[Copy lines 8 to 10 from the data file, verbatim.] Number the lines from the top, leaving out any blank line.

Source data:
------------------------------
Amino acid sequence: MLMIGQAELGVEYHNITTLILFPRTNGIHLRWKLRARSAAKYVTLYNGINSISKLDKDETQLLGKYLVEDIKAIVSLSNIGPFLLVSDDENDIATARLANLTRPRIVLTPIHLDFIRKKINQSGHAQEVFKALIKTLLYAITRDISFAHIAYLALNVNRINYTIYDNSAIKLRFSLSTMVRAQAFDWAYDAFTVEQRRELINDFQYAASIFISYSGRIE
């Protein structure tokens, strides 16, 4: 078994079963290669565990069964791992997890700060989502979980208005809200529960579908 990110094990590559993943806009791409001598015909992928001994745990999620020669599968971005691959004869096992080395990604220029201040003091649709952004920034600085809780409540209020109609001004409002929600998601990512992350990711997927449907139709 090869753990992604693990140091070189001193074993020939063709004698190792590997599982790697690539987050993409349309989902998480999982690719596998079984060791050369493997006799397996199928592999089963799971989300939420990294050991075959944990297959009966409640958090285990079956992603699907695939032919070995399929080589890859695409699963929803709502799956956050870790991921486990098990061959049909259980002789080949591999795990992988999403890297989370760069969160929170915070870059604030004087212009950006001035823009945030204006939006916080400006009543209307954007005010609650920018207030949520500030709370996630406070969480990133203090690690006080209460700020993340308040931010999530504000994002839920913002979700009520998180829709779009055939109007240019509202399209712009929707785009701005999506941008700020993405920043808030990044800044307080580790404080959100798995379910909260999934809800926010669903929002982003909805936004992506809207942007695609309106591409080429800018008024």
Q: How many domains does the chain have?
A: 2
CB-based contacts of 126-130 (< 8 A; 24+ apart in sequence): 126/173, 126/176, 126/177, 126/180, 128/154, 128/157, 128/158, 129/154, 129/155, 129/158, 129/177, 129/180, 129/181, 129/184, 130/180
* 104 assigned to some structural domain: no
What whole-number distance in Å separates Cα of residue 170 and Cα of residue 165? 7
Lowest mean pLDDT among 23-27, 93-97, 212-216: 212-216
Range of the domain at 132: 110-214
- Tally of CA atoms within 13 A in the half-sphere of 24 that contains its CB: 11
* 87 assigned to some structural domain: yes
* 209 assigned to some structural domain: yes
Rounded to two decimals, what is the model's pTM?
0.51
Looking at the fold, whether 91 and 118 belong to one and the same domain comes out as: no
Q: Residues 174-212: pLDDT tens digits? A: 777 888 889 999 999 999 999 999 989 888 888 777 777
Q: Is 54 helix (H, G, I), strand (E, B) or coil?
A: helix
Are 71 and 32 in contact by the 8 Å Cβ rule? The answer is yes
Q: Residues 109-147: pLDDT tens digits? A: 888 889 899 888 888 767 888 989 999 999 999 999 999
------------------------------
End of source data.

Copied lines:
Lowest mean pLDDT among 23-27, 93-97, 212-216: 212-216
Range of the domain at 132: 110-214
- Tally of CA atoms within 13 A in the half-sphere of 24 that contains its CB: 11